House Hearings Highlight Criticisms of DISCLOSE Act

During the first House hearings on the DISCLOSE Act, disagreements and debate arose over the scope and potential impacts of a bill that sponsors say is designed to create new disclosure requirements for various corporate entities that are promoting or opposing candidates for federal office. As Congress continues to move forward with the bill, controversy will likely follow.

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Senate Passes Limited "Audit the Fed" Amendment

During the ongoing Senate debate on the financial reform bill, Federal Reserve transparency briefly took center stage. Sen. Bernie Sanders (I-VT) introduced an "Audit the Fed" amendment to the bill during the week of May 16, which the Senate approved in a 96-0 vote after the amendment was greatly scaled back. The amendment would instruct the Government Accountability Office to "conduct a one-time audit of all loans and other financial assistance provided during the period beginning on December 1, 2007 and ending on the date of enactment of this Act."

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DISCLOSE Act Seeks to Blunt Impacts of Citizens United

To blunt the impacts of the U.S. Supreme Court decision in Citizens United v. Federal Election Commission, Rep. Chris Van Hollen (D-MD) and Sen. Charles Schumer (D-NY) recently introduced companion bills, both called the DISCLOSE Act (the Democracy Is Strengthened by Casting Light On Spending in Elections Act). The legislative response would create new, rigorous campaign finance disclosure requirements meant to prevent moneyed interests from drowning out the voices of citizens and smaller advocacy organizations.

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Open Government Advocates Grade Federal Agency Openness Plans

On May 3, a group of open government experts, including OMB Watch, released a review of federal agencies’ initial Open Government Plans that were published on April 7. Overall, the independent audit organized by OpenTheGovernment.org found that agencies did good work, but much remains to be done.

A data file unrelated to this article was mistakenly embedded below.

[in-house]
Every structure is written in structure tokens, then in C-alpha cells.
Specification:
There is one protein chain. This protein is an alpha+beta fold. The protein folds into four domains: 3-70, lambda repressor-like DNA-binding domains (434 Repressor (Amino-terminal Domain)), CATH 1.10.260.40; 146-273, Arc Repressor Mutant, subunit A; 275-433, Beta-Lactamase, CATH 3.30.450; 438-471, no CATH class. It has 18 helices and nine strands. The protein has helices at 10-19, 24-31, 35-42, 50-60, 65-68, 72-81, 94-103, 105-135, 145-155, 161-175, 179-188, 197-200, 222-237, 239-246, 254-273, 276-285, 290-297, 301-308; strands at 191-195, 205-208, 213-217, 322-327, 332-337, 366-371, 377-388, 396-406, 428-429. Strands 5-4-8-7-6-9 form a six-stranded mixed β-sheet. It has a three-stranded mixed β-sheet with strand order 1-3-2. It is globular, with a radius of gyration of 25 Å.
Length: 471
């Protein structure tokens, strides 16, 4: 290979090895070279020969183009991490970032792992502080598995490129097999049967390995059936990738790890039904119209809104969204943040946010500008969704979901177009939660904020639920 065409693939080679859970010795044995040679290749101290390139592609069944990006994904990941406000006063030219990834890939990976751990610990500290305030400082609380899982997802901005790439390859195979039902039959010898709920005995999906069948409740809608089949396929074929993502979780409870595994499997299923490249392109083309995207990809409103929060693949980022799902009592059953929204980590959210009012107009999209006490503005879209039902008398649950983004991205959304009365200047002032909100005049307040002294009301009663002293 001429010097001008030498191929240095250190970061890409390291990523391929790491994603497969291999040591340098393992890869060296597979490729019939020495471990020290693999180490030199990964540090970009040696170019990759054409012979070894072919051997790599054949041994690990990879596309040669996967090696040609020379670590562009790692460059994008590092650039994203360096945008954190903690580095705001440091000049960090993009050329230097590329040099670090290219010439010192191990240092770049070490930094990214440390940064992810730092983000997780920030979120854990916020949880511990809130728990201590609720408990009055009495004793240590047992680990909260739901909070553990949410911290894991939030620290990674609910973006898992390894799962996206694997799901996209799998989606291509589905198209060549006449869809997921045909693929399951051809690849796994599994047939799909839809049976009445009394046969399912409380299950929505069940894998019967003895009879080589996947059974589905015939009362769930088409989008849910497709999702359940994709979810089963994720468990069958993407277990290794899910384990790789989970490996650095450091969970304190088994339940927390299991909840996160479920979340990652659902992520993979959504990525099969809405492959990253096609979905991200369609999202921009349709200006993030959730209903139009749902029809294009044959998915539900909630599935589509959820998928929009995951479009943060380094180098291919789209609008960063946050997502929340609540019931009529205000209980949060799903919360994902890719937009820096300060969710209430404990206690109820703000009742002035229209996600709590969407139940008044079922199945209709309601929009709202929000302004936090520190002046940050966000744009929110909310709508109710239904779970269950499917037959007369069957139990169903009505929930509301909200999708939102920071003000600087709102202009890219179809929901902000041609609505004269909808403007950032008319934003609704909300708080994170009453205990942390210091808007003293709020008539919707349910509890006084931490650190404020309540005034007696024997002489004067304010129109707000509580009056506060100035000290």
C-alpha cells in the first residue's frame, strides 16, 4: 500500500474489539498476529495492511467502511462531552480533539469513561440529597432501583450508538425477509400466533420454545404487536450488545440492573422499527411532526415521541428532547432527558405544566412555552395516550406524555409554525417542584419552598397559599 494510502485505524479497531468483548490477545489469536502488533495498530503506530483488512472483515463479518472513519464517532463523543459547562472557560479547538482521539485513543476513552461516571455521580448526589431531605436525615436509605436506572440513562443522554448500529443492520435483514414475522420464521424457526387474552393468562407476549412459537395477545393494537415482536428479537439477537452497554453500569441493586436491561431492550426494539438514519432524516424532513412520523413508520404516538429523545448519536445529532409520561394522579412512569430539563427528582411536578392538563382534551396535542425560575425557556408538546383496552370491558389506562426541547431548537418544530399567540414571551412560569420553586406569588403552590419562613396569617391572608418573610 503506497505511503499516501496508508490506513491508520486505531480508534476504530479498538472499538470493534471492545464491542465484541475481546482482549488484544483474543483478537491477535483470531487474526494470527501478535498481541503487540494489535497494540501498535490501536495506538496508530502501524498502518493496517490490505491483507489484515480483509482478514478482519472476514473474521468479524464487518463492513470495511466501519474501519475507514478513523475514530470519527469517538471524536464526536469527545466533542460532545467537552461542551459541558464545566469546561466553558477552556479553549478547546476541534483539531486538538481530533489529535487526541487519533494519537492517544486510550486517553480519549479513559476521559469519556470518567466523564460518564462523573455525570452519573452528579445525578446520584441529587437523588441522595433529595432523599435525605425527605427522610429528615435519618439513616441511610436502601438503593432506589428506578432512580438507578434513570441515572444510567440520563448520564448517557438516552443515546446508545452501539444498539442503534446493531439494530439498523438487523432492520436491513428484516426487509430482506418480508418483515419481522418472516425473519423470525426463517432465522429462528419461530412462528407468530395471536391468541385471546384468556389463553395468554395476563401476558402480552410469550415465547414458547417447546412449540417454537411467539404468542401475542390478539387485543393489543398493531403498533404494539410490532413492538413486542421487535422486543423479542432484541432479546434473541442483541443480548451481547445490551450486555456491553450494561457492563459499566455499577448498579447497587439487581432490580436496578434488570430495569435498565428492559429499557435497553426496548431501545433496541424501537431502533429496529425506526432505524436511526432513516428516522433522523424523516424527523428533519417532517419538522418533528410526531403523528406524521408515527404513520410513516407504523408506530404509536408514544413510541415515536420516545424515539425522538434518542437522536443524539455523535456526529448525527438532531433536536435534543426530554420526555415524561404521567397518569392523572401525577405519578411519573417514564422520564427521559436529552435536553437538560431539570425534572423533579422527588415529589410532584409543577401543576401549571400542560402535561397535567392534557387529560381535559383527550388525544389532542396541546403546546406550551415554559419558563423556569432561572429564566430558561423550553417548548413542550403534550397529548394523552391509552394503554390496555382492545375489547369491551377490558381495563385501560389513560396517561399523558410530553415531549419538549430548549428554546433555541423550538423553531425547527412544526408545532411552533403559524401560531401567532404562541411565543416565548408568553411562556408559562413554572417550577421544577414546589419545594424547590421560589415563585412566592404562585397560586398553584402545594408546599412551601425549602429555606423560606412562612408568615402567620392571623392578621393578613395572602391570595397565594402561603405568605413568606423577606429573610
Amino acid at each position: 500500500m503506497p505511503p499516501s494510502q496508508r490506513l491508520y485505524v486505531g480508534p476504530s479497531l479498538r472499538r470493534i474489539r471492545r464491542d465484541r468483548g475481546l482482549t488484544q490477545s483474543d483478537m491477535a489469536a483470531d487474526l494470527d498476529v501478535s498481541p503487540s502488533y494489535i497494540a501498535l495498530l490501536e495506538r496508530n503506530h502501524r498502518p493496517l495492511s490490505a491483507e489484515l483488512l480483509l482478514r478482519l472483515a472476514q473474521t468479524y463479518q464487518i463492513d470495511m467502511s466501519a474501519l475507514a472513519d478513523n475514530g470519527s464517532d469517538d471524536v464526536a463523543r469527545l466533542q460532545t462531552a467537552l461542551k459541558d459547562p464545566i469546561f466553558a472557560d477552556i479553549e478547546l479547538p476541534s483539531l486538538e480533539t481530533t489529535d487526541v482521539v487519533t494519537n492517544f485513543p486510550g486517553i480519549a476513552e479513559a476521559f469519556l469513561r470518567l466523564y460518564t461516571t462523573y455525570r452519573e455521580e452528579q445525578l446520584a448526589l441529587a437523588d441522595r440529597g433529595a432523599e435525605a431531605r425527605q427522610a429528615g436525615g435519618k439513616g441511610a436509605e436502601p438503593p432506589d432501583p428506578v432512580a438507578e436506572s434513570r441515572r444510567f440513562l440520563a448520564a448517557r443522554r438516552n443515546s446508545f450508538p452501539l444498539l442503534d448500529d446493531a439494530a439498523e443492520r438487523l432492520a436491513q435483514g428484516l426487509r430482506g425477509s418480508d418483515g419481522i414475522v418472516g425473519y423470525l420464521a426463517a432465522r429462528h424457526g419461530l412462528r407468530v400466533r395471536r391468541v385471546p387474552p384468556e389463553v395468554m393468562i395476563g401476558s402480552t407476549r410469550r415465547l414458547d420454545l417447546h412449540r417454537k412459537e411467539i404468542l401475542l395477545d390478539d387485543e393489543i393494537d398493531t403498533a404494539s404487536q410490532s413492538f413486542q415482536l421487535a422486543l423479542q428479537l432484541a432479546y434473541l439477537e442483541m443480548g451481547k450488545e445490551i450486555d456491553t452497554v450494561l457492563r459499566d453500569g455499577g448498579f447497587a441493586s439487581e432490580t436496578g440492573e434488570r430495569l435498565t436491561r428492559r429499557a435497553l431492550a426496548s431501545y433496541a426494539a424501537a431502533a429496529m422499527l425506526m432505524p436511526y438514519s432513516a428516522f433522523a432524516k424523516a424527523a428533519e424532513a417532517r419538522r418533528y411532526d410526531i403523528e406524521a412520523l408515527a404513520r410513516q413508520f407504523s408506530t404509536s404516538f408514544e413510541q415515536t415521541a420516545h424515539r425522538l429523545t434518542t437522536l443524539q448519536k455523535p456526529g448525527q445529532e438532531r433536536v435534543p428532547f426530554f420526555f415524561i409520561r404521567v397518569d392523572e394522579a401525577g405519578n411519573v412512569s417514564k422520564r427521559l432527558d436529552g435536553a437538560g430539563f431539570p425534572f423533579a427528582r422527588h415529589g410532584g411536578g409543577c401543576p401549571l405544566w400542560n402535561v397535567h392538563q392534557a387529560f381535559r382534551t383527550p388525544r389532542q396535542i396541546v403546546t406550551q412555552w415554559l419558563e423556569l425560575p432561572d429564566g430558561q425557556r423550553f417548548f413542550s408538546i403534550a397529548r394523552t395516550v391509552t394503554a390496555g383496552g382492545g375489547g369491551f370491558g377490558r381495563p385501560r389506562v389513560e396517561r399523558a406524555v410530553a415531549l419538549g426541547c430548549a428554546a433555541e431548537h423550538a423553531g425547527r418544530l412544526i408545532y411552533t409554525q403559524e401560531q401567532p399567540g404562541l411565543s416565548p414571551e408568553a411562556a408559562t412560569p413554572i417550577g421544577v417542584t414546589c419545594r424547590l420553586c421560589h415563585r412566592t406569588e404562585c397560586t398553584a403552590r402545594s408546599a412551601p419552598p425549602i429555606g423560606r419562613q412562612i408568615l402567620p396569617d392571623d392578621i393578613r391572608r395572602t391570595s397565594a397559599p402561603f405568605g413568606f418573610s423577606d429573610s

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A Conference to Develop a Long Range Vision for Federal Spending Transparency

Strengthening Federal Spending Transparency: A Working Conference to Develop a Plan of Action

May 20, 2010
9:00 am - 5:30 pm
Washington, D.C.

Hosted by Center for American Progress, Economic Policy Institute, Good Jobs First, OMB Watch, OpenTheGovernment.org, Progressive States Network, Project on Government Oversight, Sunlight Foundation, and Taxpayers for Common Sense

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Open Government Plans Seek Revamp of Culture and Structure

On April 7, federal agencies released their individual plans to be more transparent, participatory, and collaborative, pursuant to the Obama administration’s Open Government Directive (OGD). The plans varied in scope and quality, but several interesting trends were noticeable. As agencies update their plans, these trends may become baselines for open government or may be abandoned, depending on how successful key agencies' plans prove to be.

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EPA Plan Seeks to Instill Transparency into Agency DNA

The U.S. Environmental Protection Agency (EPA) has released its plan for improving the agency's transparency as part of the Obama administration's Open Government Directive (OGD). The EPA was an early proponent of the new openness agenda, with EPA Administrator Lisa Jackson calling for the agency to operate "as if it were in a fishbowl." The agency's new Open Government Plan documents numerous ongoing and future actions that should continue the agency's advance toward transparency and accountability.

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One Small Policy Step, but One Huge Leap for Government Openness: Statement of Gary D. Bass

WASHINGTON, April 7, 2010—The Obama administration took several actions today that will likely have a lasting and positive impact on government transparency. Each federal agency announced its Open Government Plan, complemented by Office of Management and Budget (OMB) policy changes to reduce certain impediments to transparency and to improve both regulatory and federal spending transparency.

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Leaders and Laggards in Agency Open Government Webpages

Complying with requirements of the Open Government Directive (OGD), federal agencies launched transparency pages on their websites Feb. 6. The content and functionality of the pages varied from non-compliant to barely compliant to above and beyond expectations. OMB Watch conducted an assessment of the webpages between Feb. 15 and 22, based on factors that make for sound accountability and transparency.

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Commentary: Celebrating One of the Recovery Act's Legacies: Transparency

Feb. 17 marked the one-year anniversary of the American Recovery and Reinvestment Act, commonly called the Recovery Act. Both political parties celebrated the occasion with partisan attacks. Democrats heralded the act as having saved the nation's economy, while Republicans savaged it for being an expensive government program with little to show by way of jobs. While the two parties can argue over how effective the act actually has been, both can agree on one thing: the lasting legacy of the Recovery Act’s transparency provisions.

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